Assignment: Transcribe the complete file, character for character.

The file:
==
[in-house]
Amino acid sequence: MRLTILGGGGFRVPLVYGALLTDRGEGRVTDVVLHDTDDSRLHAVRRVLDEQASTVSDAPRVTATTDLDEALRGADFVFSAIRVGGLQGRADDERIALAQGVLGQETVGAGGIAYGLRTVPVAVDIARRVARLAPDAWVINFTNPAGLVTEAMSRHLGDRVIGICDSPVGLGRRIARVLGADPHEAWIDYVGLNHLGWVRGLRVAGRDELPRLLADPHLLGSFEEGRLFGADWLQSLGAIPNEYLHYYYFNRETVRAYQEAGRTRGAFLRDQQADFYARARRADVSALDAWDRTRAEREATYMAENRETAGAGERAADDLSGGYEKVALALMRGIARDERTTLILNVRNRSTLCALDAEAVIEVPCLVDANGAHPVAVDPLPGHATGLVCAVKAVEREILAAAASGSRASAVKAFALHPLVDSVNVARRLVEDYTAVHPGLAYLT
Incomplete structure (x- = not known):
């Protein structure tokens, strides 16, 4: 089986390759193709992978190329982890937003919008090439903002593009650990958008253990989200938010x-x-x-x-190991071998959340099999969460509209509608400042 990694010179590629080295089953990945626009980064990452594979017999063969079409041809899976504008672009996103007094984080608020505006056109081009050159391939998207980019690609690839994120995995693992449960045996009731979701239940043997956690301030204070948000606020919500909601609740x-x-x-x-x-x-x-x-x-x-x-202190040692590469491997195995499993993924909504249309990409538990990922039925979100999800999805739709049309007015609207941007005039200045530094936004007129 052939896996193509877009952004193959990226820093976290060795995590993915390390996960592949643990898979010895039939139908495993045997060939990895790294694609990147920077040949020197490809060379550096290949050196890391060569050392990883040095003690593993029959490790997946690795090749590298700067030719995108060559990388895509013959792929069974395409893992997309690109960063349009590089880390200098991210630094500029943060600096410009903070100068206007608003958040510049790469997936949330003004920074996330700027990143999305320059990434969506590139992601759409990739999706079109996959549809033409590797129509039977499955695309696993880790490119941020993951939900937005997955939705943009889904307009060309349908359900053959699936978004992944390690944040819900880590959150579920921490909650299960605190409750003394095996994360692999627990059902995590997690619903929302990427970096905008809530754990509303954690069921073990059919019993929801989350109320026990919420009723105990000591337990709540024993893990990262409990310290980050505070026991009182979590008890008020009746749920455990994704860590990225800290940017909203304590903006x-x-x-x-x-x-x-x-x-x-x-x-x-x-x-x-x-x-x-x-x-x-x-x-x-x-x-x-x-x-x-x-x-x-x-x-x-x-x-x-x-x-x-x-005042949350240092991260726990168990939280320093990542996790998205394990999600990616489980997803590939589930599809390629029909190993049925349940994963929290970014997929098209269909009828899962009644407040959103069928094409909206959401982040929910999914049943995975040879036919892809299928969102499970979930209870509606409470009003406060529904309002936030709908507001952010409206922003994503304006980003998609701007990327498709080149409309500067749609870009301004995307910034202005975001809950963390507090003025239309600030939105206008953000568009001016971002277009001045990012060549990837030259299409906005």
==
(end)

[in-house]
Amino acid sequence: MRLTILGGGGFRVPLVYGALLTDRGEGRVTDVVLHDTDDSRLHAVRRVLDEQASTVSDAPRVTATTDLDEALRGADFVFSAIRVGGLQGRADDERIALAQGVLGQETVGAGGIAYGLRTVPVAVDIARRVARLAPDAWVINFTNPAGLVTEAMSRHLGDRVIGICDSPVGLGRRIARVLGADPHEAWIDYVGLNHLGWVRGLRVAGRDELPRLLADPHLLGSFEEGRLFGADWLQSLGAIPNEYLHYYYFNRETVRAYQEAGRTRGAFLRDQQADFYARARRADVSALDAWDRTRAEREATYMAENRETAGAGERAADDLSGGYEKVALALMRGIARDERTTLILNVRNRSTLCALDAEAVIEVPCLVDANGAHPVAVDPLPGHATGLVCAVKAVEREILAAAASGSRASAVKAFALHPLVDSVNVARRLVEDYTAVHPGLAYLT
Incomplete structure (x- = not known):
């Protein structure tokens, strides 16, 4: 089986390759193709992978190329982890937003919008090439903002593009650990958008253990989200938010x-x-x-x-190991071998959340099999969460509209509608400042 990694010179590629080295089953990945626009980064990452594979017999063969079409041809899976504008672009996103007094984080608020505006056109081009050159391939998207980019690609690839994120995995693992449960045996009731979701239940043997956690301030204070948000606020919500909601609740x-x-x-x-x-x-x-x-x-x-x-202190040692590469491997195995499993993924909504249309990409538990990922039925979100999800999805739709049309007015609207941007005039200045530094936004007129 052939896996193509877009952004193959990226820093976290060795995590993915390390996960592949643990898979010895039939139908495993045997060939990895790294694609990147920077040949020197490809060379550096290949050196890391060569050392990883040095003690593993029959490790997946690795090749590298700067030719995108060559990388895509013959792929069974395409893992997309690109960063349009590089880390200098991210630094500029943060600096410009903070100068206007608003958040510049790469997936949330003004920074996330700027990143999305320059990434969506590139992601759409990739999706079109996959549809033409590797129509039977499955695309696993880790490119941020993951939900937005997955939705943009889904307009060309349908359900053959699936978004992944390690944040819900880590959150579920921490909650299960605190409750003394095996994360692999627990059902995590997690619903929302990427970096905008809530754990509303954690069921073990059919019993929801989350109320026990919420009723105990000591337990709540024993893990990262409990310290980050505070026991009182979590008890008020009746749920455990994704860590990225800290940017909203304590903006x-x-x-x-x-x-x-x-x-x-x-x-x-x-x-x-x-x-x-x-x-x-x-x-x-x-x-x-x-x-x-x-x-x-x-x-x-x-x-x-x-x-x-x-005042949350240092991260726990168990939280320093990542996790998205394990999600990616489980997803590939589930599809390629029909190993049925349940994963929290970014997929098209269909009828899962009644407040959103069928094409909206959401982040929910999914049943995975040879036919892809299928969102499970979930209870509606409470009003406060529904309002936030709908507001952010409206922003994503304006980003998609701007990327498709080149409309500067749609870009301004995307910034202005975001809950963390507090003025239309600030939105206008953000568009001016971002277009001045990012060549990837030259299409906005």